Polly’s Paladar: Art of the Gather

ONE OF THE MOST EXCEPTIONAL CULINARY EXPERIENCES in the foothills isn’t listed in a Zagat dining guide, bookable on OpenTable.com, or even marked by a sign on the door. It is found inside a cozy, 126-year-old miner’s cabin tucked off Broad Street in Nevada City.

Each month, a reservation-only supper club called Polly’s Paladar serves some of the most exceptional food in our region in an intimate setting. Each dinner features a different menu and chef—including culinary “rockstars” from San Francisco, New York or the coast of Mexico, as well as from our region—with imaginative food themes such as “Hot and Saucy,” “Elegance” or “The Big Easy.

Now in its sixth year, Polly’s Paladar is the creation of Megan McCollam, a well-connected food lover, licensed caterer and ebullient host. “We collaborate with organic farms, chefs and artists to provide a delightful experience,” as she puts it.

The menus typically feature fresh food from over a dozen local farms, including First Rain Farm, Mountain Bounty Farm, Nevada County Free Range Beef, and James Ranch. The dining room often is decorated with art from local artists including Sarah Coleman, Aram Larsen, Tahiti Pehrson, Jennifer Rain and Urulsa Xanthe Young.

Here’s a sampling from various menus: Grilled chicory salad with walnuts, aged Gouda and hard cider vinaigrette; celery soup with crab and Meyer lemon; coho salmon with squash, smoked butter, frisee; Fresno chili, kale-pepita crisps; herb brined and grilled peaches with vanilla ice cream, crumb topping and brandy caramel sauce.

Sharing Economy
Megan represents a new generation of chefs, caterers, restaurateurs and farmers who are resettling our region, adding new energy and sophisticated offerings while honoring the local history—a recurring theme in our magazine. Licensed, “above ground” supper clubs such as Polly’s Paladar also exemplify the boom in the sharing economy. Think Airbnb or Uber but for food.

Megan started Polly’s Paladar in Nevada City in 2012. Polly is her grandmother and a paladar refers to small, family-run restaurants, often in a converted part of a home.

Her business has grown thanks largely to word-of-mouth. She also received a well-deserved mention in Outside magazine, when it named Nevada City one of the nation’s “best river towns” in 2012. Her dinner club membership now stands at about 2,000 and she has hosted, or “curated,” over 54 dinners.

Guests visit PollysPaladar.com, purchase a dinner ticket and pay a $1 membership fee upon arrival. At Polly’s Paladar, the living room of Megan’s home is transformed into a magical setting. The dinners consist of four seatings of 28 guests during one weekend each month. Guests are locals but also come from Reno, Sacramento and the Bay Area.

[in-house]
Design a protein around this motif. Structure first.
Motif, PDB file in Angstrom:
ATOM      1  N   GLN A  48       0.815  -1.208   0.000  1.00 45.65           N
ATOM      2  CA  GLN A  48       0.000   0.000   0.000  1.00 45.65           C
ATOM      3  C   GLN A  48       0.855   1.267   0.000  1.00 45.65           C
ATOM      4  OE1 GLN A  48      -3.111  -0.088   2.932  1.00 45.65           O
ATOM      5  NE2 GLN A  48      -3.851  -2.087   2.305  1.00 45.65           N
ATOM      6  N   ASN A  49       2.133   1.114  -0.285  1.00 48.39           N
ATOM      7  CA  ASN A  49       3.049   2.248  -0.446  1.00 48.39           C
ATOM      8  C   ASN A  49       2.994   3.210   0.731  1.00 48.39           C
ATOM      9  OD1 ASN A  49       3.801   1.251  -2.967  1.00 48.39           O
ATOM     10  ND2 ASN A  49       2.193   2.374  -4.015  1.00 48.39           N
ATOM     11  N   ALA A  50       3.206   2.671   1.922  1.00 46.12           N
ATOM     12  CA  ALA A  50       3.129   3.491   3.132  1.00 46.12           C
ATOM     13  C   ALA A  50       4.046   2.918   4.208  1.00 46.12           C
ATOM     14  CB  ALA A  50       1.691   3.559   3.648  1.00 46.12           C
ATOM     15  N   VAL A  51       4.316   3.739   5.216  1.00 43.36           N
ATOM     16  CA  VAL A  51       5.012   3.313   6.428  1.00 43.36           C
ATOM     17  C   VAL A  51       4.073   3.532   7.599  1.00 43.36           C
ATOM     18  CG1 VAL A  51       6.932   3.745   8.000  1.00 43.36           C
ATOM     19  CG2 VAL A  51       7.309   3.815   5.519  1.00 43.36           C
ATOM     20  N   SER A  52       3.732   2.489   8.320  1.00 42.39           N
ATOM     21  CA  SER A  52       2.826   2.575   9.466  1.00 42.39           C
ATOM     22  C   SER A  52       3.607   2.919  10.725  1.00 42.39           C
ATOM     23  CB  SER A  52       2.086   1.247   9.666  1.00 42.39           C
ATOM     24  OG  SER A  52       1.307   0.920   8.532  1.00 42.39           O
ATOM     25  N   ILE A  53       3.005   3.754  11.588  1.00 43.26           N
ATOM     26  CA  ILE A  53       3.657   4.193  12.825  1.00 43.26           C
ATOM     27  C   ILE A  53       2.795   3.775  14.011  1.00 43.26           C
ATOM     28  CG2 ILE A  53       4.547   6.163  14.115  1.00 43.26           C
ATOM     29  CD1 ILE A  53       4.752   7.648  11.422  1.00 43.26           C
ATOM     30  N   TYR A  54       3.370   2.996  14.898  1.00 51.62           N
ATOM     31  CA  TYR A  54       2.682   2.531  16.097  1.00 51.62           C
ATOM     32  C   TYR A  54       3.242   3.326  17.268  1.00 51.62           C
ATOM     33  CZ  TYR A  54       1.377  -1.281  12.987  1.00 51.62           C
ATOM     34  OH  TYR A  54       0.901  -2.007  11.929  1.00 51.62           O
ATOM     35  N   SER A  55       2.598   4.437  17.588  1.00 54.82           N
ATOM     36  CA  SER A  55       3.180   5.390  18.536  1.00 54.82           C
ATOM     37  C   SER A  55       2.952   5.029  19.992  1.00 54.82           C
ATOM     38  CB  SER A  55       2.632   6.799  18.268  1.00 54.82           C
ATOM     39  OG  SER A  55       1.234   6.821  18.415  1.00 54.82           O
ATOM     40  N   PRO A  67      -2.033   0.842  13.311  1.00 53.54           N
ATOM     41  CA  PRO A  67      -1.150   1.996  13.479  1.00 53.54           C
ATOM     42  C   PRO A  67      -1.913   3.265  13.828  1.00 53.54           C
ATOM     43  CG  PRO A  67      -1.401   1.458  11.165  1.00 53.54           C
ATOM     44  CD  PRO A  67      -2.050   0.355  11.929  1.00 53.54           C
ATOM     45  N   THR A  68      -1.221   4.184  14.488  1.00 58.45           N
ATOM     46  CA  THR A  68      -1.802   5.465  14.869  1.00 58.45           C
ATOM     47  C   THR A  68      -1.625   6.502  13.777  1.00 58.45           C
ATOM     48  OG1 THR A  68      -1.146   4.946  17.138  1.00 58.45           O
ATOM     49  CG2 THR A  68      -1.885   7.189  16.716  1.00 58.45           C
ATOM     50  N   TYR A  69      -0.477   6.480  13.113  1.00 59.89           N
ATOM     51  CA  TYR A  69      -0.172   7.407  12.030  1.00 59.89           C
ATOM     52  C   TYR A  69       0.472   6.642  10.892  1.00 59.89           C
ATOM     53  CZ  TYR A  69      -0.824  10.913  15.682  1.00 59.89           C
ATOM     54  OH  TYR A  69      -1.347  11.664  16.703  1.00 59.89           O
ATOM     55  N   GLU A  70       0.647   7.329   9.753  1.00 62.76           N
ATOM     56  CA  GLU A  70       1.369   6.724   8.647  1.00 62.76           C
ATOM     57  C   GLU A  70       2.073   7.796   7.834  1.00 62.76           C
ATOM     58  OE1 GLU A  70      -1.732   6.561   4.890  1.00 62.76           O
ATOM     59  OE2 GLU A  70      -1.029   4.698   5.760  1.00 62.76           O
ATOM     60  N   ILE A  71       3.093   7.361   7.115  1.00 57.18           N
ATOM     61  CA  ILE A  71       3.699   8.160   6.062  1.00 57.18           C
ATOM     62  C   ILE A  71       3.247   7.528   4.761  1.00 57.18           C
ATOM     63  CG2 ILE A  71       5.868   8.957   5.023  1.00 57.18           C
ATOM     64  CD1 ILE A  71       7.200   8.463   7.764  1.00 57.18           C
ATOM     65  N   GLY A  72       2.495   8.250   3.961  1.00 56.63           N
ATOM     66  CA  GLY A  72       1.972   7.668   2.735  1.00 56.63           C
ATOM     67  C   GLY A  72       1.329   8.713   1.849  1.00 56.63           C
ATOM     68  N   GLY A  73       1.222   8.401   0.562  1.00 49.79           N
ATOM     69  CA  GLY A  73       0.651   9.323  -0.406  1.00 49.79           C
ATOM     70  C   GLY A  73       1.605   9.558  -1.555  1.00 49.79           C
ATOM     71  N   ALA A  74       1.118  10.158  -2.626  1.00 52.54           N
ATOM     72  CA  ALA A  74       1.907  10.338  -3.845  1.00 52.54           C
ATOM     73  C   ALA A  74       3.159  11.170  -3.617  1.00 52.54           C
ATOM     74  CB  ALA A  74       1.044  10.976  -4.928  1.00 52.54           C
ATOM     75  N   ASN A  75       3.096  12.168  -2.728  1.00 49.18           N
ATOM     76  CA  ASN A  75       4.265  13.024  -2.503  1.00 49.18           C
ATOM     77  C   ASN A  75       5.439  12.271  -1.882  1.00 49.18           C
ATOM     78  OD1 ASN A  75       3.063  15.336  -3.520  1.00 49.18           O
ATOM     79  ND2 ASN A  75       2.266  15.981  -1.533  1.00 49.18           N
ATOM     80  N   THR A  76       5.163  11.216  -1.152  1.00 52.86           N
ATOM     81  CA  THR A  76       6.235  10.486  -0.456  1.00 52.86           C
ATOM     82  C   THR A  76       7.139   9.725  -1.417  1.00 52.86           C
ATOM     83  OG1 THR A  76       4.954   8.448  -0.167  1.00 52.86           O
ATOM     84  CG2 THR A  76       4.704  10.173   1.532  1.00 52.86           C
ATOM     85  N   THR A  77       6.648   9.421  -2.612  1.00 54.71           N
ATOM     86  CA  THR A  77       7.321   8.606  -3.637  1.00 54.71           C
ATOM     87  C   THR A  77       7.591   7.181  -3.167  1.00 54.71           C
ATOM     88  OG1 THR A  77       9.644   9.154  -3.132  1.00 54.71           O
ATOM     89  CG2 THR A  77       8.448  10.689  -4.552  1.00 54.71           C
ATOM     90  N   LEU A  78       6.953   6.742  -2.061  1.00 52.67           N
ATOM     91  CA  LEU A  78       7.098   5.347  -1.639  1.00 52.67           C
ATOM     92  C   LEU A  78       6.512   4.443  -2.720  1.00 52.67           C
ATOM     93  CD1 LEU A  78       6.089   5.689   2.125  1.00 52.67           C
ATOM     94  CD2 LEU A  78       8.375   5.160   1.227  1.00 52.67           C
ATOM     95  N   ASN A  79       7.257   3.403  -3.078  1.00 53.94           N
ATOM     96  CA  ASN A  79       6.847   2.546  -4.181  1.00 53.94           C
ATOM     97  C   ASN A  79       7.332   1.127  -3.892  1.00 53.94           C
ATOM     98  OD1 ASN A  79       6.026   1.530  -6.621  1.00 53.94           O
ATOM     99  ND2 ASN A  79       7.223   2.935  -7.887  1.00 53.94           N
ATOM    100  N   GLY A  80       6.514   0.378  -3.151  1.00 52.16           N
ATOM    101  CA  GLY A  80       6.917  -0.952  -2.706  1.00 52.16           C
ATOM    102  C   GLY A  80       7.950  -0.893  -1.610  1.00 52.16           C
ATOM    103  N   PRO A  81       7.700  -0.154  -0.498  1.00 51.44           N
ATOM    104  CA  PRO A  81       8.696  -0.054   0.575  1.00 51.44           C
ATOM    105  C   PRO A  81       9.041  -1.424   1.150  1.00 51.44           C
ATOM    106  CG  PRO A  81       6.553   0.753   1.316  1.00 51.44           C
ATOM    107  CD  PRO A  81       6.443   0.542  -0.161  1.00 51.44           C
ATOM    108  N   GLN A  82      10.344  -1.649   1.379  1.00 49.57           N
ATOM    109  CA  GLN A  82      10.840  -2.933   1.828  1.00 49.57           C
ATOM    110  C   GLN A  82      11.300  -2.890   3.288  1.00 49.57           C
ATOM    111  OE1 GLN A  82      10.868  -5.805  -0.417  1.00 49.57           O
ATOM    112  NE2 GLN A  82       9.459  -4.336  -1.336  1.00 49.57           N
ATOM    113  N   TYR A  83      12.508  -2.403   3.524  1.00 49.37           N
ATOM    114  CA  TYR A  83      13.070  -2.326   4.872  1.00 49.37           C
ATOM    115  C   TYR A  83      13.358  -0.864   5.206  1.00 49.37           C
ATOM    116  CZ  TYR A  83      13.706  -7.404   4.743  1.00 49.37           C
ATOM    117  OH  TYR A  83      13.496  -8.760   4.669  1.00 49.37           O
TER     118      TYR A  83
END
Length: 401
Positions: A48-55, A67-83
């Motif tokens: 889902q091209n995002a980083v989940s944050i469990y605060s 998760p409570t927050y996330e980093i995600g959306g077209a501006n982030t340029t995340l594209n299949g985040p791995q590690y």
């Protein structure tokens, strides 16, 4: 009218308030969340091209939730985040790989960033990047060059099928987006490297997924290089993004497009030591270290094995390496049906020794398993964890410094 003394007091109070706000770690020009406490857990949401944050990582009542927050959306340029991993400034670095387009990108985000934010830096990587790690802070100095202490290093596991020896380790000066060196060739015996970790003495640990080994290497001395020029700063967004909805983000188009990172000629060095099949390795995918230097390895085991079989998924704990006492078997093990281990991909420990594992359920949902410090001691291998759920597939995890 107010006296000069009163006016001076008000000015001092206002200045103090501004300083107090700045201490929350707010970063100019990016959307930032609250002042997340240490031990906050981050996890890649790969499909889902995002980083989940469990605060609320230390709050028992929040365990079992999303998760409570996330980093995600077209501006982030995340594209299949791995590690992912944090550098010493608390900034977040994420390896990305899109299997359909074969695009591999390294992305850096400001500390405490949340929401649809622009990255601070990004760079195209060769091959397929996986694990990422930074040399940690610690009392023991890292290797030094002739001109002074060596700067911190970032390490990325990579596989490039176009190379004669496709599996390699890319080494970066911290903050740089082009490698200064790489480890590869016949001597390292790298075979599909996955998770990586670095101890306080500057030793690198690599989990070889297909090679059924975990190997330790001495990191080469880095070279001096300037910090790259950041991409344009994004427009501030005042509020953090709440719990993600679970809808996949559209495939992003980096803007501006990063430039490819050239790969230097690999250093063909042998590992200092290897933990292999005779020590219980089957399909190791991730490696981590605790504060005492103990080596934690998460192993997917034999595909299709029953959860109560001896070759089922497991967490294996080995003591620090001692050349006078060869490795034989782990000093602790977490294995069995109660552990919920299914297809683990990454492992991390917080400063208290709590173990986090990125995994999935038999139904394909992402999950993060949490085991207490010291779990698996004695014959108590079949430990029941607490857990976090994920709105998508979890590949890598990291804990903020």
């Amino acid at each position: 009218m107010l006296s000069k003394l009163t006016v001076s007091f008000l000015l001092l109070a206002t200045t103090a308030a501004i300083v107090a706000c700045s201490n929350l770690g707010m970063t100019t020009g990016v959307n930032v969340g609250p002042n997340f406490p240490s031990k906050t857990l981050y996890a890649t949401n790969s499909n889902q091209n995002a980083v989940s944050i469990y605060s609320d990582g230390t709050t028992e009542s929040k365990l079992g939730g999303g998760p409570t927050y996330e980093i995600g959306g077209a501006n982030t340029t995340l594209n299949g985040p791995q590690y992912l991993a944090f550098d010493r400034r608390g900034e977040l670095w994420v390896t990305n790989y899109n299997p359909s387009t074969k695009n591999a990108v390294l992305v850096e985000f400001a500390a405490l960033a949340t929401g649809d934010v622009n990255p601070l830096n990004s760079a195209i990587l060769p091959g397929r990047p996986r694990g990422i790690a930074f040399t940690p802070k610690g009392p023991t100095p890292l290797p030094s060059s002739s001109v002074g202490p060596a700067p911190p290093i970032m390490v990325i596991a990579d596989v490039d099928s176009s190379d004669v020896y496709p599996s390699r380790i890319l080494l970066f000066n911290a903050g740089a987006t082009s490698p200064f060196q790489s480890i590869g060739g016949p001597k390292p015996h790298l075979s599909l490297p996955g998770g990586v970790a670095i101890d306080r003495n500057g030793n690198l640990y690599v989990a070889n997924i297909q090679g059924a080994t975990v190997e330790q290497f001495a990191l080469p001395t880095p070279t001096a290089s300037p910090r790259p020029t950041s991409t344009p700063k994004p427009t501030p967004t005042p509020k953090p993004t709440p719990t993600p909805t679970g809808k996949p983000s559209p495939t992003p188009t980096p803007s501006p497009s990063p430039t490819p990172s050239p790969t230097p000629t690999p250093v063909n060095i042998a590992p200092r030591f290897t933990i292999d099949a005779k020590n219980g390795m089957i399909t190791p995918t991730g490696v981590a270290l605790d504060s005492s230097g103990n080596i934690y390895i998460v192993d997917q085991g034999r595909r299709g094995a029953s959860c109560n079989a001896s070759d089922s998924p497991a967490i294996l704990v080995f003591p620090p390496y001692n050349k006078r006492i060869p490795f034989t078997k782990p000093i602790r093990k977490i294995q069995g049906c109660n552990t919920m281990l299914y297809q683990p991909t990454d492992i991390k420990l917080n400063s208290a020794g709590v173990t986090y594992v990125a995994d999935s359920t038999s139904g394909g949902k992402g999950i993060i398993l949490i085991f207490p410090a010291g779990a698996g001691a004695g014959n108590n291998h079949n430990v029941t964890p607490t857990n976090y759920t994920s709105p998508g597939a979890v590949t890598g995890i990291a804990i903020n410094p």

Guest chefs prepare the dinner from scratch in a licensed commercial kitchen. Along with her staff, Megan is detail oriented and a bonafide “people person.”

Megan’s house is steeped in Gold Rush lore. One of its earliest residents was a Gold Rush-era pioneer, Mary Elizabeth Beedle. Megan honored this “pioneer, mother and devoted wife” at a winter dinner celebrating the fifth anniversary of Polly’s Paladar.

The menu was: lobster, white sturgeon caviar, dill aioli, purple endive; steak tartar, lemon vinaigrette, seasonal micro salad; charred leek and potato, duck skin cracklins, chive oil and smoked paprika oil; pork belly, crispy shallot flowers, yellow beet gratin, plum gastrique; and deconstructed pineapple upside down cake. The guest chef was Zack Perszyk, who graduated from L’Academie de Cuisine in Maryland, was sous chef at Ozumo in the Bay Area and now lives in the foothills.

Other chefs include Dany Lamote from Todos Santos, Mexico; Jordan Grosser and Ted Fleury of Stag Dining in San Francisco; Jesse Koide of Pink Zebra, a renowned pop-up restaurant in San Francisco; Japanese-born Sylvan Mishima Brackett of Rintaro in San Francisco; and local talent such as chefs Tom Bevitori, Ariana Goldschneider, Evan Scott and Matthew Wich.

Other times, Megan collaborates with local restaurants. One of her dinners was a “Beer Banquet” with chef Shana Maziarz and David Cowie, the co-owners of Three Forks Bakery & Brewing Co. in Nevada City. Some dinners are fundraisers, such as one for Sierra Harvest on June 16-17.

Flower arrangements for the tables are from locals such as Deena Miller of Sweet Roots Farms in Grass Valley. Megan’s teenage daughter, Amani Mudd, offers babysitting upstairs during the dinner. “What makes the Paladar different is that we are all involved, in one way or another, by nurturing each others gifts and talents on a recurring platform,” Megan says.

For more information and reservations visit PollysPaladar.com.

(Photos: Rob Totoonchie)

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